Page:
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A Voice from Old New York: A Memoir of My Youth
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A Voice from Old New York: A Memoir of My Youth

3.53 of 5 stars 3.53  ·  rating details  ·  92 ratings  ·  24 reviews
At the time of his death, Louis Auchincloss—enemy of bores, self-pity, and gossip less than fresh—had just finished taking on a subject he had long avoided: himself. His memoir confirms that, despite the spark of his fiction, Auchincloss himself was the most entertaining character he has created. No traitor to his class but occasionally its critic, he returns us to his Soc ...more
Hardcover, 224 pages
Published December 2nd 2010 by Houghton Mifflin Harcourt (first published January 1st 2010)
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I wish I could give this book 2 and a half stars. Auchincloss, whose novels of manners are out of style now, wrote these memoirs when he was 90, which I think entitles him to the 1/2 star alone. A bit of a herky-jerky read: some of his chapters seem disjointed and oddly disconnected, and he has a tendency to repeat things. If I read once, I read twenty times about his mother's brilliance. I would have liked a clearer picture of what exactly that meant (she was vehemently opposed to his leaving t ...more
I'm a long time fan of Louis Auchincloss. His writing, like Edith Wharton's before him, centers in a society that I have no access to except through others' words. I admire his unadorned style and his admiration for the class of society that bred and nurtured him.
Auchincloss shares little if any of Wharton's cynicism. His limit is his world. His snobbery would likely put me off in most writing. Not in his. His comfort with the trappings of wealth and manners allows a reader in, to make of his wo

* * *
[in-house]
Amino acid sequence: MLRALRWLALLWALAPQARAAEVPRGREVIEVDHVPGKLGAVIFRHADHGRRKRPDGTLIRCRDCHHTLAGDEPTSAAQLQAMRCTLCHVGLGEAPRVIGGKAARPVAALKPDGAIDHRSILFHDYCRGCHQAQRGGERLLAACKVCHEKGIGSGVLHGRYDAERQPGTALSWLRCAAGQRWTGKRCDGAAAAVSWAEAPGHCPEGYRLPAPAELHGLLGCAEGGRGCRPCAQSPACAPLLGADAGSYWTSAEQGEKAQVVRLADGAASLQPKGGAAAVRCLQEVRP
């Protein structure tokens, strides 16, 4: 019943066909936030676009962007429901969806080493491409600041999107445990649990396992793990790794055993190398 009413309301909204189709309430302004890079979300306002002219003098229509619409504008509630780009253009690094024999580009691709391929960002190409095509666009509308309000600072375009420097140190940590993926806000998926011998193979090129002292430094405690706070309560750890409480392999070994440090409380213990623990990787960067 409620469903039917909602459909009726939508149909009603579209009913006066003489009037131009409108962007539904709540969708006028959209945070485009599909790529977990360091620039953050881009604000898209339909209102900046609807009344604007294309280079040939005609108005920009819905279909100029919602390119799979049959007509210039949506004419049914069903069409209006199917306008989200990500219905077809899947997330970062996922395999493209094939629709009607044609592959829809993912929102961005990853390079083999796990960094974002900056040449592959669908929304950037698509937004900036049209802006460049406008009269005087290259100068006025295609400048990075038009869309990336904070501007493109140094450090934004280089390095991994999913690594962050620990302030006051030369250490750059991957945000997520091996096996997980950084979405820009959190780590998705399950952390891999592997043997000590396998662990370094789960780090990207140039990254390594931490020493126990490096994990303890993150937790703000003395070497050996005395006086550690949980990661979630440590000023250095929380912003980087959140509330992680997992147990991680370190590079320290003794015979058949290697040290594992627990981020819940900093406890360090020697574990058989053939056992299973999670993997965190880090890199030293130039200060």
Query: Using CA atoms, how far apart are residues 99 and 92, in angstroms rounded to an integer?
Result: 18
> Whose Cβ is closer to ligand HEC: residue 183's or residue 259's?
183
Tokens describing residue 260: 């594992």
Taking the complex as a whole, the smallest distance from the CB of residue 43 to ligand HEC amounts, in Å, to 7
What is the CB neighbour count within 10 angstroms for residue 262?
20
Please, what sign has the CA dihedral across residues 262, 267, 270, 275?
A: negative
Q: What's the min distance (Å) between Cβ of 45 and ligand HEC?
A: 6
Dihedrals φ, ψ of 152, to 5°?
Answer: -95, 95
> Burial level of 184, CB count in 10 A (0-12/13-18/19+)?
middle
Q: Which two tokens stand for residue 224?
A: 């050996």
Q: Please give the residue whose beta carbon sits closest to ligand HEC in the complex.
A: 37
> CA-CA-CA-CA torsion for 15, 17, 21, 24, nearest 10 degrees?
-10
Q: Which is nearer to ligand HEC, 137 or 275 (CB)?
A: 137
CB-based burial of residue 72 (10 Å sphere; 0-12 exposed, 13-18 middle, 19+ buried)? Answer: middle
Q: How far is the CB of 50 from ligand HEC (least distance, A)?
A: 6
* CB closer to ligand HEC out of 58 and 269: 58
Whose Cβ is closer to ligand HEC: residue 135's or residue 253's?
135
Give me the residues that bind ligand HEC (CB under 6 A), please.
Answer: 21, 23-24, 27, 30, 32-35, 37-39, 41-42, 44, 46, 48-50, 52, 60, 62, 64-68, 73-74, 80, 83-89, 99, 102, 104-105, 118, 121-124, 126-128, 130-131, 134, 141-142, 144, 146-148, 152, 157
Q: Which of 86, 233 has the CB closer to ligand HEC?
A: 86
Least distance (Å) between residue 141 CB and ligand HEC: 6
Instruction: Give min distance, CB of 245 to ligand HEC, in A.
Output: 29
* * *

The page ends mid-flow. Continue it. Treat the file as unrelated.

Highly engaging little memoir from noted novelist, Louis Auchincloss. Not deeply revealing of the psyche of the fine writer who wrote so eloquently of the upper class society most of us can only guess at, but nevertheless open and honest. Makes one wish to have had the opportunity to attend a dinner and have Louis Auchincloss for a table companion because you know you would have had a memorable evening. Note, if you did not receive a classical education, are not versed in literature and don't su ...more
I have to admit 3 stars is being kind. After all this man wrote a huge number of books-although I've never read one--and was a New York City Living Landmark. He deserves respect. My take on this book is that he really didn't want to write it. It seemed more like he would remember a tidbit from his past and jot it down before it was lost. My guess is that these are leftovers--memories that weren't disguised to appear in his books. He was an elegant gentleman of the old school who manifested class ...more
Bookmarks Magazine
In a world where privacy is increasingly passe, A Voice From Old New York may seem quaint. Auchincloss follows the traditional autobiographical form: confessions of petty crimes and sexual dysfunction and recollections of childhood education and upbringing, followed by his career as an attorney and a novelist. He relegates his wife and children to cameo appearances. As in his other works, Auchincloss is at his best as a detached observer and bemused critic of his East Coast upper-class society, ...more
Syntactical Disruptorize
Those who bloviate about the American ruling class should read some Auchincloss and see it depicted accurately. They may not like or hate it more as a result, but at least they'll see it. This is his second autobiographical work, after 1974's "A Writer's Capital", and it is warm without being overly intimate, much like the author's body of work.